Make exercise fun
No one sticks to exercise they don’t enjoy but it can take time to find the thing that floats your boat. ‘Try a few activities and don’t give up until you find what really works for you,’ says Diabetic Living exercise physiologist Christine Armarego. To keep it fun, try a combination of fitness activities, such as cycling, swimming, walking, rowing and dancing.
Ready, set, go!
The hardest part of exercising is getting out of bed and out the door. Lay your clothes, water bottle and keys out the night before so you’re ready to go first thing. Another trick is to tell yourself you only have to walk for 10 minutes – chances are, once you’re out you’ll keep going.
Enlist a friend to exercise with you – it’s great for motivation and keeping each other accountable, plus a dose of healthy competition will make you both work harder.
Find your fitness mantra
‘Having an emotional reason to exercise is the strongest motivator,’ says Armarego. ‘Instead of saying, “I want to lose 5kg”, say, “I want to play with my kids/grandkids and not feel exhausted”.’
Diarise your exercise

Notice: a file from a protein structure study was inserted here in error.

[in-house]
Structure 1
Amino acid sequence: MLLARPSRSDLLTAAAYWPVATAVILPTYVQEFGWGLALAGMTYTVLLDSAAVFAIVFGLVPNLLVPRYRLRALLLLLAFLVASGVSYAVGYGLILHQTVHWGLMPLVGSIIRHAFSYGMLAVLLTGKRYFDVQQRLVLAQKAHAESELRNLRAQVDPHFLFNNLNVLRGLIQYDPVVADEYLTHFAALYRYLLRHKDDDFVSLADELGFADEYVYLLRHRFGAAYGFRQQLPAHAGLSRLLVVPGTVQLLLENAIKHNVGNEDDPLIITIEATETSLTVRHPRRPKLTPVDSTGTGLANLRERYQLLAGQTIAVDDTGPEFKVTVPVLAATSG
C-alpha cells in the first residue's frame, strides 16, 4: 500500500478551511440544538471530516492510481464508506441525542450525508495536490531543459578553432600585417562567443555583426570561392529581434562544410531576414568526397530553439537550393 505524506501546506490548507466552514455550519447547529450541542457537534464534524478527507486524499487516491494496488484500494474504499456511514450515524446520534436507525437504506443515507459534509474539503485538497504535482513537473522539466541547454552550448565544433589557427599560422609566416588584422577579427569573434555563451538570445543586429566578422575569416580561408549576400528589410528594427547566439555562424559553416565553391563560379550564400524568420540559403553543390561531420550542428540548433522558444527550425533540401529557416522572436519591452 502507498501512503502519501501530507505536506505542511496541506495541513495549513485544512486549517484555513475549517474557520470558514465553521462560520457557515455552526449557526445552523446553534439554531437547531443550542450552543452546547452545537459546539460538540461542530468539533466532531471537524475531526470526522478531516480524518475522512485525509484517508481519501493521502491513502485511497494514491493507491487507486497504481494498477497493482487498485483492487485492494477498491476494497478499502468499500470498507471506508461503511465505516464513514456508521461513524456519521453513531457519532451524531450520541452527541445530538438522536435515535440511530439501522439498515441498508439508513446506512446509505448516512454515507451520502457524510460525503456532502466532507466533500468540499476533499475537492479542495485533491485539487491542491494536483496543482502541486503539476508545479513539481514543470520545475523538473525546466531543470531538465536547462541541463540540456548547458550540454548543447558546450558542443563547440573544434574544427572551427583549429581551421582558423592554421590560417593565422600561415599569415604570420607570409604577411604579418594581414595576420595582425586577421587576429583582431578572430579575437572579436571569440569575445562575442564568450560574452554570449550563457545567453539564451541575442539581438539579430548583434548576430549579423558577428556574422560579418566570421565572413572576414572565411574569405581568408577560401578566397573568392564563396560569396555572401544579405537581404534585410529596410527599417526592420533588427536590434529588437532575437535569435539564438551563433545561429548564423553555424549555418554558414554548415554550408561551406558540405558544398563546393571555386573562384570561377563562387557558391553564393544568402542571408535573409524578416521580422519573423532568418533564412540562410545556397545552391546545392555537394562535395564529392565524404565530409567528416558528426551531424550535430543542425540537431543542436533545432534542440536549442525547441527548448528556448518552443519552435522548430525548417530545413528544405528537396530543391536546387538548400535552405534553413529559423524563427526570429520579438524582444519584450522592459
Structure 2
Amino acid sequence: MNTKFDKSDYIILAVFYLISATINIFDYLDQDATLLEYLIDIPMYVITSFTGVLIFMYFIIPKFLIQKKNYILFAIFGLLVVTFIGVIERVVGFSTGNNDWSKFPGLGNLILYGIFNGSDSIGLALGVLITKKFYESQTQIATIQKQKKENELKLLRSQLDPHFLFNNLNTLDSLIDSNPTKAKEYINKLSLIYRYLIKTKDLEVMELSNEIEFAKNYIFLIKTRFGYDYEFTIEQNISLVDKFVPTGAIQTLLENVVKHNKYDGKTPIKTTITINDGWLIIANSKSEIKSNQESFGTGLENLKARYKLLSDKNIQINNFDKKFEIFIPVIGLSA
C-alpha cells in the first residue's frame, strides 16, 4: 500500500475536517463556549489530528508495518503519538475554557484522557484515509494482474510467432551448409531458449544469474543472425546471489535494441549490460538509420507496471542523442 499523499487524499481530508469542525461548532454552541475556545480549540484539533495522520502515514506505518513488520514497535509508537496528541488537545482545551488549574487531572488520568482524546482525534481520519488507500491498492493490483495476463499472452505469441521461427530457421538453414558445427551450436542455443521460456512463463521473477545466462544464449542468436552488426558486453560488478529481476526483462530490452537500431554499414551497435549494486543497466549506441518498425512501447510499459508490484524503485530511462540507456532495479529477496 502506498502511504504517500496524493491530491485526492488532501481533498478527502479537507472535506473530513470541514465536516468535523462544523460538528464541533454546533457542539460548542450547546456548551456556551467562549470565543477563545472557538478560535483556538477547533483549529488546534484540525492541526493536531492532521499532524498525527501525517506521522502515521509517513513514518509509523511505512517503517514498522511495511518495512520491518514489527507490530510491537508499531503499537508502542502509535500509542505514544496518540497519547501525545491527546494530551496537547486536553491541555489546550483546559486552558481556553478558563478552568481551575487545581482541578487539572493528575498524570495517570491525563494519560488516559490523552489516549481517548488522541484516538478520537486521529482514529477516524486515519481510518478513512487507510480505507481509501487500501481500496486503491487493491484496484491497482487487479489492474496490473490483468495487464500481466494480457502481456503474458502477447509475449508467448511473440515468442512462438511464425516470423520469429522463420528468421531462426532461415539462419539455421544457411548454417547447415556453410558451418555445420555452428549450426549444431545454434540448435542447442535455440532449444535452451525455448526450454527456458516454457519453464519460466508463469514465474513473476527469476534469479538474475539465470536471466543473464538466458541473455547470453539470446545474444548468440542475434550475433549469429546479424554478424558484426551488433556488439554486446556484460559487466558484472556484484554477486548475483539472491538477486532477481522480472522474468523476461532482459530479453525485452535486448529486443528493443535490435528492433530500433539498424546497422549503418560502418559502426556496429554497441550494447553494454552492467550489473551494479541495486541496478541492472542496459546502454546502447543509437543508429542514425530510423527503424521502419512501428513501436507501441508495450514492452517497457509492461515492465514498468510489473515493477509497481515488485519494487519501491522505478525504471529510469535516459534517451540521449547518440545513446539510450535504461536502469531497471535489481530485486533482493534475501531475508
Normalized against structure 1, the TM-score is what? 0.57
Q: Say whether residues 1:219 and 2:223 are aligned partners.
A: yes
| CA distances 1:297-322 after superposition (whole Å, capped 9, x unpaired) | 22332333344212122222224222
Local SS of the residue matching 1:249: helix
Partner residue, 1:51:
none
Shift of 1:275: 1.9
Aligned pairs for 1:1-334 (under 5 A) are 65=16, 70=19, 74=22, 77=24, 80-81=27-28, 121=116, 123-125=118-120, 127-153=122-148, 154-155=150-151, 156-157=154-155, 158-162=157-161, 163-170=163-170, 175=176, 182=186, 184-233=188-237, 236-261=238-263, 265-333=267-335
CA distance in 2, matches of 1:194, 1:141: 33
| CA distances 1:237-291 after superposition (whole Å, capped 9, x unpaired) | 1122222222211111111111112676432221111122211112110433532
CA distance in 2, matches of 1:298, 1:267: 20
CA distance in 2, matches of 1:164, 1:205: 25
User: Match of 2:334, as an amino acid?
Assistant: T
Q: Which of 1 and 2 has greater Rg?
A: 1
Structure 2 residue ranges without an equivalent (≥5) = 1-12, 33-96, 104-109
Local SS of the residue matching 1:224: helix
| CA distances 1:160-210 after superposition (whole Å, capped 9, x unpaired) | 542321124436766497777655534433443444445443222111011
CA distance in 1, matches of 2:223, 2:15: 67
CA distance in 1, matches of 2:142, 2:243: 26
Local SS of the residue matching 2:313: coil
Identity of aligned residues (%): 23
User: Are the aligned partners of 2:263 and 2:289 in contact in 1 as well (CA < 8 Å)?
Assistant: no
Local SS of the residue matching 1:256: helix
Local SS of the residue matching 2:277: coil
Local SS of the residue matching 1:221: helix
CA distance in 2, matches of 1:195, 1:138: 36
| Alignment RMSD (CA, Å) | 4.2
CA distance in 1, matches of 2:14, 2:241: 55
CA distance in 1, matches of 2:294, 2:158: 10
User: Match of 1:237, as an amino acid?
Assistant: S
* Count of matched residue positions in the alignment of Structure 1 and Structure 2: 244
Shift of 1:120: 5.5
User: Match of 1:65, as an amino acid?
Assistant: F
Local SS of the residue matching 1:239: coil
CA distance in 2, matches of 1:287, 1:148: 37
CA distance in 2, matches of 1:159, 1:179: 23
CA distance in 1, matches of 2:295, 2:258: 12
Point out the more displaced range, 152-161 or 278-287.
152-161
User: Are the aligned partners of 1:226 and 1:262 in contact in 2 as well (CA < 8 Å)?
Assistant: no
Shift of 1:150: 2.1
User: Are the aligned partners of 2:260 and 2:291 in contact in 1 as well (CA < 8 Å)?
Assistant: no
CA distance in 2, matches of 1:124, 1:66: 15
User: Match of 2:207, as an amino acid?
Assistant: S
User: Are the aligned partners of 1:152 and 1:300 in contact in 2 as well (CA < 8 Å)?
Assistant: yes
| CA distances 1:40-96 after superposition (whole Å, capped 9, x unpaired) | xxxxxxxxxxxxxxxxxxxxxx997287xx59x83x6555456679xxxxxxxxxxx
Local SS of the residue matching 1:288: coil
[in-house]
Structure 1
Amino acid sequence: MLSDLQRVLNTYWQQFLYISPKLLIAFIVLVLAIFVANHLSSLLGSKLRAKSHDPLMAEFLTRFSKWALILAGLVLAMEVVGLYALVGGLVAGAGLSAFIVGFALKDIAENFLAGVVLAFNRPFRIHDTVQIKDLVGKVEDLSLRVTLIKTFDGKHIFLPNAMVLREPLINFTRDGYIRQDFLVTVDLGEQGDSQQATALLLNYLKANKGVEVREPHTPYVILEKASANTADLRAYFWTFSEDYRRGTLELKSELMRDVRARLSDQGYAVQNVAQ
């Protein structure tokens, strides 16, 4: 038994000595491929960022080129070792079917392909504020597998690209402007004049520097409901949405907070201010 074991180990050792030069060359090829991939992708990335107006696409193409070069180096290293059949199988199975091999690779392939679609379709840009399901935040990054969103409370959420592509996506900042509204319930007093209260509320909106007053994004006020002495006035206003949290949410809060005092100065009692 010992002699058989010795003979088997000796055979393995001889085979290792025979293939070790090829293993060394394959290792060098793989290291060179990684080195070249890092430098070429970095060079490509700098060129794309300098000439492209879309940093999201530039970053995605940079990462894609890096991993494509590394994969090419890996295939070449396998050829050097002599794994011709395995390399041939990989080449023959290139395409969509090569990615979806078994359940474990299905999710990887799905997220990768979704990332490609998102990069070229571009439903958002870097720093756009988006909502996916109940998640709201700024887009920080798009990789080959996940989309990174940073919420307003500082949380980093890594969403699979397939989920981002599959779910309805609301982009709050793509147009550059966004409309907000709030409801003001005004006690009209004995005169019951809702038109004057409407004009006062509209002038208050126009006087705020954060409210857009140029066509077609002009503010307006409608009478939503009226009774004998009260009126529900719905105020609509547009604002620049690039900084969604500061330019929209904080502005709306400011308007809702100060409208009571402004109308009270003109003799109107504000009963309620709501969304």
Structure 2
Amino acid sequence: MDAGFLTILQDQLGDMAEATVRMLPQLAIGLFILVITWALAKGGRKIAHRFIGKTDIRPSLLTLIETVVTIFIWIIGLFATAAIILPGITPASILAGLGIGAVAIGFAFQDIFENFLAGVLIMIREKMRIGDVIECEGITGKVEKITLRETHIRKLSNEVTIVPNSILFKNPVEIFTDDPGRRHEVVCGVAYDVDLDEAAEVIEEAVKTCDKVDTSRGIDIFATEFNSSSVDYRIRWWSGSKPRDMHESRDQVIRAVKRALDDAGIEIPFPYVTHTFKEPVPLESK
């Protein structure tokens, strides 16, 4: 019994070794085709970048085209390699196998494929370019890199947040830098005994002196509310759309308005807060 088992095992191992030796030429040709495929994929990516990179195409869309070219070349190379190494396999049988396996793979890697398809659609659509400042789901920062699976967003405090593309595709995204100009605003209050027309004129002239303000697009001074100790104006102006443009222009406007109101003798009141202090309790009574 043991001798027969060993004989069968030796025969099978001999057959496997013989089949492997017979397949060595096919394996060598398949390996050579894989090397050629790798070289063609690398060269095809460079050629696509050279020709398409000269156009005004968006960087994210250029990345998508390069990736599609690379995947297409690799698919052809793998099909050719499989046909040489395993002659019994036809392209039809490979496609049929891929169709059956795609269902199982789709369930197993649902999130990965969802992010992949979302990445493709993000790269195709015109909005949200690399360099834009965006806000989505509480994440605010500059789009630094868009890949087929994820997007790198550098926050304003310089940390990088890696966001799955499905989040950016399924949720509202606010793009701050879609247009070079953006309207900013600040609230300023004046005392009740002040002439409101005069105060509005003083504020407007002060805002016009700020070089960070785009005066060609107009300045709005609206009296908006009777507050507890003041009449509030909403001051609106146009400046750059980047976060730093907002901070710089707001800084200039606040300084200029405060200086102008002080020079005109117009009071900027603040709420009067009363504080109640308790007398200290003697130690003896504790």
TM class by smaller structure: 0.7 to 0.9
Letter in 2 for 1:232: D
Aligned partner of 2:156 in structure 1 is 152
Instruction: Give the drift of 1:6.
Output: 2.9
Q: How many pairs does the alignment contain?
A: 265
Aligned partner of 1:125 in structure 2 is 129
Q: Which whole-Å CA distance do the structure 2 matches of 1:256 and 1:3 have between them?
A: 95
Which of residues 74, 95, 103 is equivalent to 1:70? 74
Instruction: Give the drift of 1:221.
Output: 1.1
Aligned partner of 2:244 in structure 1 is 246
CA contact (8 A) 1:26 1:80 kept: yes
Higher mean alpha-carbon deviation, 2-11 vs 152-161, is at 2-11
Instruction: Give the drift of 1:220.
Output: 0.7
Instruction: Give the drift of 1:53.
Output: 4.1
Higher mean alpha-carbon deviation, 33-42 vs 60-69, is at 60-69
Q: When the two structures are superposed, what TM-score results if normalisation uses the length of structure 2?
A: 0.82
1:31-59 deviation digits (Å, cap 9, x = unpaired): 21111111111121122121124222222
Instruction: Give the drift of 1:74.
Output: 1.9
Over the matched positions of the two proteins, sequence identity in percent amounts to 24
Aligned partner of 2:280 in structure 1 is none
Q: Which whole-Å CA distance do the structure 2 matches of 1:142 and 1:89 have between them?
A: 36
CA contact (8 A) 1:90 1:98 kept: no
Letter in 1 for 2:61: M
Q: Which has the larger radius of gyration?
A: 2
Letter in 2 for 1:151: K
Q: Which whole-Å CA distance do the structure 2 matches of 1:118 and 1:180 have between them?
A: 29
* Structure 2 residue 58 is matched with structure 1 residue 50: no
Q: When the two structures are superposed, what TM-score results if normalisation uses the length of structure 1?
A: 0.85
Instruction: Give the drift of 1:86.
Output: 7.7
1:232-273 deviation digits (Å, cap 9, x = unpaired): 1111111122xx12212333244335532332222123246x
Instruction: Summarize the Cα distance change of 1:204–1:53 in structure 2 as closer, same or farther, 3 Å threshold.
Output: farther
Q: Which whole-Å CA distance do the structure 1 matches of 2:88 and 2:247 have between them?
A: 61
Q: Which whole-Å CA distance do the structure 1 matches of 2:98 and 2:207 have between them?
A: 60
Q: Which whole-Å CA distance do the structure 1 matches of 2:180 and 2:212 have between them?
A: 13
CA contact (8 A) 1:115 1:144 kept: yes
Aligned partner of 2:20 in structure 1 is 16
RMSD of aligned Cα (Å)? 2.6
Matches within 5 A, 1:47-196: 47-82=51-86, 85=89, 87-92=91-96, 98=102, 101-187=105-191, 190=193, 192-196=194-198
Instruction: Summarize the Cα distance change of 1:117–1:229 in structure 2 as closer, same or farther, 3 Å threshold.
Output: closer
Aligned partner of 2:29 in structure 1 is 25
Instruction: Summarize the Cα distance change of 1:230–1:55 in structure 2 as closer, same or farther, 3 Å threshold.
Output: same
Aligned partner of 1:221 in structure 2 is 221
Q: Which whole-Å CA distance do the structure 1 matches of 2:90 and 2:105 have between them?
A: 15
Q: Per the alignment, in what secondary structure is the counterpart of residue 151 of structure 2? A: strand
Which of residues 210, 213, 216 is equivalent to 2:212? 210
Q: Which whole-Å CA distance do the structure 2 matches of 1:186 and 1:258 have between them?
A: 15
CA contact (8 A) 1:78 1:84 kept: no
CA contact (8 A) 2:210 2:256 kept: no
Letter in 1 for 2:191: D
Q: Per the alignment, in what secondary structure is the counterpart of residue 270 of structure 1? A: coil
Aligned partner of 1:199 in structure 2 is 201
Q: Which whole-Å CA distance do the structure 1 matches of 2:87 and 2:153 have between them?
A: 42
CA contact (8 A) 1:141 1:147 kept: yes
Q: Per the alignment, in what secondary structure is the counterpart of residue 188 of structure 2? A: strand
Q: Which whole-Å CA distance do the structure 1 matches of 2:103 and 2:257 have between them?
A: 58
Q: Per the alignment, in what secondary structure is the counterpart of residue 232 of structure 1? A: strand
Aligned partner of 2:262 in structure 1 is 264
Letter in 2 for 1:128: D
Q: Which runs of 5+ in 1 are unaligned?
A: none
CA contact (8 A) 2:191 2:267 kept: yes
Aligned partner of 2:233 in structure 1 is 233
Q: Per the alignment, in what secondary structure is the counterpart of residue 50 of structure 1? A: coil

Every Sunday, check your diary and slot in exercise for the week. This is a trick employed by entrepreneur Lorraine Murphy, founder of The Remarkables Group and author of Remarkability (Hachette Australia). ‘Exercise sessions are an appointment I make with myself that I cannot break,’ she says.
Have a back-up plan
On rainy days you don’t need to miss a session. Grab an exercise DVD or check out Glucosezone – a YouTube fitness channel created specifically for people with diabetes.
Whether it’s running shoes or a Fitbit, investing in exercise gear can be a great motivator. Fill your gym bag with beautiful products so your post-workout shower is an indulgent treat.
‘Saying “I want to be healthier” isn’t a goal,’ says Armarego. ‘Make specific behaviour-based goals, such as walking three times a week for 30 minutes or doing a dance class twice a week.’
Make me-time motivation
Rather than looking at exercise as a chore, reframe your thinking and consider it as time spent caring for yourself. By getting up even 15 minutes earlier and going for a morning walk, you’ll get your endorphins going as well as clearing your head before the day begins.
By Nicola Conville